The 350 km distance drive between Kaohsiung and Taipei can be completed in 4-5 hours depending on traffic. Taiwanese highways are well serviced with rest stops, service stations and petrol stations. The speed limit in Taiwan depends on the individual highway but is between 80 km/h and 110km/h. Beware of speed cameras and speed traps on certain stretches.
In Taiwan, the odd numbered freeways have toll booths, where payment is collected by automatic electronic toll. Vehicles are charged $0.04/km up to 200km + NT$0.03/excess km.
Traffic safety was a major concern for expatriates in Taiwan according to a 2014 Quality of Living Survey, where driving conditions can only be described as chaotic. With huge amounts of traffic in the cities, scooters are the preferred method of transport which increases the confusion. Many drivers flout road laws and drive in a reckless fashion, (especially as lot of them have had no formal driving lessons). This means that there is a high rate of road accidents in Taiwan.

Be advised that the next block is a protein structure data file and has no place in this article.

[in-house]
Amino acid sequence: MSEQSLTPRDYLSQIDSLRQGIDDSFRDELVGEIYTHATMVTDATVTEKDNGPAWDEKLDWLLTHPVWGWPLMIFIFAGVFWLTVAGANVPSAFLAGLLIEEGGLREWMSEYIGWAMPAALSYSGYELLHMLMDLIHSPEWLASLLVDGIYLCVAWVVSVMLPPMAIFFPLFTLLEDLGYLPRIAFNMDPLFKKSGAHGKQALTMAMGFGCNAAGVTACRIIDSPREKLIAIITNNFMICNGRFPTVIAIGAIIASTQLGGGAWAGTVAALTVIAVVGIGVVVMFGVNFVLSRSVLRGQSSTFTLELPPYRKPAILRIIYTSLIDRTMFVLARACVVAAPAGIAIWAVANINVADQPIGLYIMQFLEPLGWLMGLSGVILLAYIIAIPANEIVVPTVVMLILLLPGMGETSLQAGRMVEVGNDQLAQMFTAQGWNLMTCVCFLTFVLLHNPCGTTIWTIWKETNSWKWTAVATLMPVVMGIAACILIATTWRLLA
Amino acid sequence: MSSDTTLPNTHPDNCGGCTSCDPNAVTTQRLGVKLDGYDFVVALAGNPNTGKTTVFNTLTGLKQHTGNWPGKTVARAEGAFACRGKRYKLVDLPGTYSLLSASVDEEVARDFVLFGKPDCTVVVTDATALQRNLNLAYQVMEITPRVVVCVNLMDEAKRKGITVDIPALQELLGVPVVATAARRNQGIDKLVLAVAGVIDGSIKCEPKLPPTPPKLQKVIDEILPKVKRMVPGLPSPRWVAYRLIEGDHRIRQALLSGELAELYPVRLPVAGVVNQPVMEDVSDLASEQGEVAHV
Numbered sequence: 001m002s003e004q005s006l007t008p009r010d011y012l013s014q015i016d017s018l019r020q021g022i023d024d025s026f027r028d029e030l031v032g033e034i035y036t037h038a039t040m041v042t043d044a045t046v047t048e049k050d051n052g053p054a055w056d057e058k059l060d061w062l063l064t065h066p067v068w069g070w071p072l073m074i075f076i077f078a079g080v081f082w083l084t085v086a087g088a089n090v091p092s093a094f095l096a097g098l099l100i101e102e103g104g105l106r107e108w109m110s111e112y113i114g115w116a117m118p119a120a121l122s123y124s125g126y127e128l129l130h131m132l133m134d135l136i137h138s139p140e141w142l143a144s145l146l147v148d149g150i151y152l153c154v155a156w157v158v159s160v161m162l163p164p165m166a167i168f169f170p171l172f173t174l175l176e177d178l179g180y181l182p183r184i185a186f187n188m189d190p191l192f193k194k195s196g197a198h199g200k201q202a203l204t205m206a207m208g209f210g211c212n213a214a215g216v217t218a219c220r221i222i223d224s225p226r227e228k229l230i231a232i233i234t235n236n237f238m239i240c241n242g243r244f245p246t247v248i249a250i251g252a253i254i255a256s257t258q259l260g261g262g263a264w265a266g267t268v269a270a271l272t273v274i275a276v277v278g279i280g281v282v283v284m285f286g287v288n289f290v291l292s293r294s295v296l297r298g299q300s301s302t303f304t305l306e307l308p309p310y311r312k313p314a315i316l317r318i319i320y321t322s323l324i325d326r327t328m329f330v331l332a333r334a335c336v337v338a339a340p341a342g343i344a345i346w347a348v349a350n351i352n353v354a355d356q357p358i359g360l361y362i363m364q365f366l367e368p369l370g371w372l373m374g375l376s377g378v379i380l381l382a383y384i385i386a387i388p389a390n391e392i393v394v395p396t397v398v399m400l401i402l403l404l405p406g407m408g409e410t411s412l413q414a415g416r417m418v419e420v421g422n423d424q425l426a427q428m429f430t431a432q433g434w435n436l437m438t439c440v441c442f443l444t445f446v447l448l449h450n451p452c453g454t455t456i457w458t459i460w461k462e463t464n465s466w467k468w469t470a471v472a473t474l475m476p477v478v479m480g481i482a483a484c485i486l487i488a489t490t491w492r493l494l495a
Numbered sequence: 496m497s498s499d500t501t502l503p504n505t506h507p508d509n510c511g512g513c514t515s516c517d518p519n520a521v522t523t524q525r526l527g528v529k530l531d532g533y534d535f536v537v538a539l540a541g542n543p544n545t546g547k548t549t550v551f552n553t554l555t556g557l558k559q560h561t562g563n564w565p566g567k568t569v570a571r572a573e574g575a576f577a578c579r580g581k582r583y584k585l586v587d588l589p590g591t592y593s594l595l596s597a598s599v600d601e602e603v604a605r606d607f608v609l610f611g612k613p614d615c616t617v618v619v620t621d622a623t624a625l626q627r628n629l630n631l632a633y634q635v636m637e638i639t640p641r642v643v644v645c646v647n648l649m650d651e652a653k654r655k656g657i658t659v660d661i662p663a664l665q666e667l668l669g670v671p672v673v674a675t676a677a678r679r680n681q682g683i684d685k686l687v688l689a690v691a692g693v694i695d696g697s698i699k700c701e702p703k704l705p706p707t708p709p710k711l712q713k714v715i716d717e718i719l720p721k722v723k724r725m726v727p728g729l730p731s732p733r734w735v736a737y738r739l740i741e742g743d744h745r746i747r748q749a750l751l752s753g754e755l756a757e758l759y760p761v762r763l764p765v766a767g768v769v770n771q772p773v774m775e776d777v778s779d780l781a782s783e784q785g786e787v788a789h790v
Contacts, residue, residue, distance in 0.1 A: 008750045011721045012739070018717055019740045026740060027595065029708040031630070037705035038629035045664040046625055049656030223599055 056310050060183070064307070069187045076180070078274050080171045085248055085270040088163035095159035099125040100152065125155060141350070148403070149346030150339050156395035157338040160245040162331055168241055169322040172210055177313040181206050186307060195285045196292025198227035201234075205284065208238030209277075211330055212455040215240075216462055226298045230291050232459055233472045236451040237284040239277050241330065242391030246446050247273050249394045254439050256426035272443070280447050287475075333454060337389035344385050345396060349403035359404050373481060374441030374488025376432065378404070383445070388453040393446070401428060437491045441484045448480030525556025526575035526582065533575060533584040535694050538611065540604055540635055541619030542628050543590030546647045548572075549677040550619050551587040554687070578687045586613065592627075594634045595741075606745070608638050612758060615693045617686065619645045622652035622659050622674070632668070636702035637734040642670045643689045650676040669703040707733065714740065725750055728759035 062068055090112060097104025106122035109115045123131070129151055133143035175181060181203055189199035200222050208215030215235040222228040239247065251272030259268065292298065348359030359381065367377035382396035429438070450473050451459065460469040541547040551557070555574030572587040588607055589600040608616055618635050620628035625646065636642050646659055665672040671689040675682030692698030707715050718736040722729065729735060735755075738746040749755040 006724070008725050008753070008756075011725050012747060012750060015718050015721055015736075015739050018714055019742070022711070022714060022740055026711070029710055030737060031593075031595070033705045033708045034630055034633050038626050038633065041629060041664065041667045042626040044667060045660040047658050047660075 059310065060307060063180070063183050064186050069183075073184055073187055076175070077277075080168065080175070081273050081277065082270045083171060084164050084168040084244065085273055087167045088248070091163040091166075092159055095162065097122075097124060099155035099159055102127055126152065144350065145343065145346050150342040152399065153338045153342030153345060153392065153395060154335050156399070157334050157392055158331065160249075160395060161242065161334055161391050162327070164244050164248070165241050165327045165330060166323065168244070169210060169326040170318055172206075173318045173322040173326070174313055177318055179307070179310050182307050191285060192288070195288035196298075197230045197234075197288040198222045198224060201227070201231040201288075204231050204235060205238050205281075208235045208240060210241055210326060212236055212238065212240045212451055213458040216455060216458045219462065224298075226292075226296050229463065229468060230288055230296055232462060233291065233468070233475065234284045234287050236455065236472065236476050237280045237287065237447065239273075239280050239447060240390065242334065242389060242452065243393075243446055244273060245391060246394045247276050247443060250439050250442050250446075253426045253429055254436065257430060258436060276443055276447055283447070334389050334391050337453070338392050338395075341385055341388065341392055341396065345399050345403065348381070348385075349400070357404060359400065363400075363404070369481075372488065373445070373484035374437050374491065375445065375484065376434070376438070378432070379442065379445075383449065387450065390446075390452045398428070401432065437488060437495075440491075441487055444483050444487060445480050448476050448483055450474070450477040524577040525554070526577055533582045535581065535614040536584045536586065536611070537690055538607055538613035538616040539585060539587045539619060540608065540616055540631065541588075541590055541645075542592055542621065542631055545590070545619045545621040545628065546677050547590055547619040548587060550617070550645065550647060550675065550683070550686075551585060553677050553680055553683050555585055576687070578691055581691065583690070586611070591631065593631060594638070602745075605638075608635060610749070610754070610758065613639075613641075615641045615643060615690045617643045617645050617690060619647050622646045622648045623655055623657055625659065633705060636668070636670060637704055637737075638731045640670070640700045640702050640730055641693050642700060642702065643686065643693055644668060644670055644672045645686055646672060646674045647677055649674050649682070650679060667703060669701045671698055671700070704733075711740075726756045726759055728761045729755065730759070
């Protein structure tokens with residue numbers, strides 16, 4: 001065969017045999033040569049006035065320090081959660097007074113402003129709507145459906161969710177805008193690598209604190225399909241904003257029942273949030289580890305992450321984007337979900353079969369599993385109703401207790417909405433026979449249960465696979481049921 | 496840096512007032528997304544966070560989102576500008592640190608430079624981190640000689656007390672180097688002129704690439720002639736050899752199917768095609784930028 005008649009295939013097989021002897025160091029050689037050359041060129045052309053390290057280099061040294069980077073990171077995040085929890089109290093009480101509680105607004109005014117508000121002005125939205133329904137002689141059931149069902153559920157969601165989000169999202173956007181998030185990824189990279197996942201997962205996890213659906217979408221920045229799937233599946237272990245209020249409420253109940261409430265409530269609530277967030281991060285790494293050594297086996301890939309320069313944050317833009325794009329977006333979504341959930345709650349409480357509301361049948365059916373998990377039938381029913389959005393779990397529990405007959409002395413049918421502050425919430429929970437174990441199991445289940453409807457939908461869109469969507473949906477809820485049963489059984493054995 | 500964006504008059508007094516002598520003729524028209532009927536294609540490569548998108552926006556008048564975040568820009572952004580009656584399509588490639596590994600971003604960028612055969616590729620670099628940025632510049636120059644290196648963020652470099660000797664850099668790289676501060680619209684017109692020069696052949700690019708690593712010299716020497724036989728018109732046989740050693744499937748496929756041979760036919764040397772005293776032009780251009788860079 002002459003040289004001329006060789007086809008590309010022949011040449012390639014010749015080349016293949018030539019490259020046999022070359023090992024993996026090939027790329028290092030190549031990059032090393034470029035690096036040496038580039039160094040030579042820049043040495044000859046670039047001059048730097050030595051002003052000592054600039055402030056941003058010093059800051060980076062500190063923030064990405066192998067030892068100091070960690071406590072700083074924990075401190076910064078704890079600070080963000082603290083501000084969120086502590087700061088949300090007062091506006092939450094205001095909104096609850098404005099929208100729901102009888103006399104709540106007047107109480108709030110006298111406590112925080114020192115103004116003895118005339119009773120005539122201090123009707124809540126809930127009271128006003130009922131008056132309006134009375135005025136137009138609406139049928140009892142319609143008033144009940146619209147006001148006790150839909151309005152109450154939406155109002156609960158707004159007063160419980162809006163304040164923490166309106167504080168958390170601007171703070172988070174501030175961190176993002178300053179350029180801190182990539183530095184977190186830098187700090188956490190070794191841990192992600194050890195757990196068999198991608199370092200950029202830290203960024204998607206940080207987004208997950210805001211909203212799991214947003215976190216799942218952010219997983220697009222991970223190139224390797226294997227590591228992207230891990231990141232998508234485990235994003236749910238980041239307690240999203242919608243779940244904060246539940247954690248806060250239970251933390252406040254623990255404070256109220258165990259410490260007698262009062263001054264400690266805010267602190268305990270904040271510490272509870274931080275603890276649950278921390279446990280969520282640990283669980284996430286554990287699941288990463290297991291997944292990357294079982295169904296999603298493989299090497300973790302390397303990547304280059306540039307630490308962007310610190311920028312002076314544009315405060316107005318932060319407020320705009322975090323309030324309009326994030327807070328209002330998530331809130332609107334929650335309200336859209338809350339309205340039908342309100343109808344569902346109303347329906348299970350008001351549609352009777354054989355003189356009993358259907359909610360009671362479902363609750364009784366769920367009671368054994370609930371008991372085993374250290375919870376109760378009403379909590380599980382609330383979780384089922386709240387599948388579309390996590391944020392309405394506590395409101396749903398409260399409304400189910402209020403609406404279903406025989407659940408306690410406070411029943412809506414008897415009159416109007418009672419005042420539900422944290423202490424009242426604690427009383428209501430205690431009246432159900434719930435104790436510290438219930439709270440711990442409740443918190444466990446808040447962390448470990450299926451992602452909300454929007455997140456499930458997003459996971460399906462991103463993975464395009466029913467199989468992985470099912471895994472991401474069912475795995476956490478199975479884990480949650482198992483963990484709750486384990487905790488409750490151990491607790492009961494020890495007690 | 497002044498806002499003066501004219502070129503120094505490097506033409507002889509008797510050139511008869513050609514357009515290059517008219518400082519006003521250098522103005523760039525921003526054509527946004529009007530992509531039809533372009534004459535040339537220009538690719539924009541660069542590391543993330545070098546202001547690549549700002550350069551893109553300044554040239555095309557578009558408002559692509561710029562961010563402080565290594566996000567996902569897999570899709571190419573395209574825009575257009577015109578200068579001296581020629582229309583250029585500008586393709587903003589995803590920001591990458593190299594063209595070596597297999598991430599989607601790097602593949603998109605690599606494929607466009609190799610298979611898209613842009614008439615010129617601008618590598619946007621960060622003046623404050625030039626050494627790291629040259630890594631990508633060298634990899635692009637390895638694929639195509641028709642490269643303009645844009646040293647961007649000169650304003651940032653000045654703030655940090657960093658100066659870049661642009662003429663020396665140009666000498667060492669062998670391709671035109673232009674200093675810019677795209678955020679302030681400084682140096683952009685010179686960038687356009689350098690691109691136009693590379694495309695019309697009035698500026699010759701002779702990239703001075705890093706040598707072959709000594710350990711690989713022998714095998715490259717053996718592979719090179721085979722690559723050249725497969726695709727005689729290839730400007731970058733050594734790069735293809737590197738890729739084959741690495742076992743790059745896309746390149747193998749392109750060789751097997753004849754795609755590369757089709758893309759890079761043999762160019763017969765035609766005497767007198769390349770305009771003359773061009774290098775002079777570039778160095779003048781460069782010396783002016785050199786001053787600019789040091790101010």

In the unfortunate event of an accident, your first priority is to notify the relevant authorities. You can reach the police on 110 and medical assistance on 119. You need to provide the police with all the important information including the type of accident, details of vehicles involved involved and if there are any injuries or fatalities. The second call you should make is to your insurance company.
In case of a fatality, the police will investigate. Either party involved in the crash can request an investigation up to six months after the event. Both parties can agree to a compensation when there is no significant injury or fatality.